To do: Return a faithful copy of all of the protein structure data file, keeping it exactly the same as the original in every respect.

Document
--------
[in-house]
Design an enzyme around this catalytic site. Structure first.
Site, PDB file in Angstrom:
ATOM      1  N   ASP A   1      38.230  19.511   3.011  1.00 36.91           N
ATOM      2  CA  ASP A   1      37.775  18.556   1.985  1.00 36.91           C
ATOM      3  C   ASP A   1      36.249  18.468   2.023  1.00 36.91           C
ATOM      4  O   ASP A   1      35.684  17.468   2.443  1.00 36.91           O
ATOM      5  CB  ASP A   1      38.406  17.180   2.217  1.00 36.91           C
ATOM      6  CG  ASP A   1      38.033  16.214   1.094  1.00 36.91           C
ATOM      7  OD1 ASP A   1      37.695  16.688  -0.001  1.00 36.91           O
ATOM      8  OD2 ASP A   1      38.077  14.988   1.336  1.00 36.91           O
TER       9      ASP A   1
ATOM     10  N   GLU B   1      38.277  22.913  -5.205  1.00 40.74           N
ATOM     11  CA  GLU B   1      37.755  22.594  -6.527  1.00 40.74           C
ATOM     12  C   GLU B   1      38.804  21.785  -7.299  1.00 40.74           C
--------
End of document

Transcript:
[in-house]
Design an enzyme around this catalytic site. Structure first.
Site, PDB file in Angstrom:
ATOM      1  N   ASP A   1      38.230  19.511   3.011  1.00 36.91           N
ATOM      2  CA  ASP A   1      37.775  18.556   1.985  1.00 36.91           C
ATOM      3  C   ASP A   1      36.249  18.468   2.023  1.00 36.91           C
ATOM      4  O   ASP A   1      35.684  17.468   2.443  1.00 36.91           O
ATOM      5  CB  ASP A   1      38.406  17.180   2.217  1.00 36.91           C
ATOM      6  CG  ASP A   1      38.033  16.214   1.094  1.00 36.91           C
ATOM      7  OD1 ASP A   1      37.695  16.688  -0.001  1.00 36.91           O
ATOM      8  OD2 ASP A   1      38.077  14.988   1.336  1.00 36.91           O
TER       9      ASP A   1
ATOM     10  N   GLU B   1      38.277  22.913  -5.205  1.00 40.74           N
ATOM     11  CA  GLU B   1      37.755  22.594  -6.527  1.00 40.74           C
ATOM     12  C   GLU B   1      38.804  21.785  -7.299  1.00 40.74           C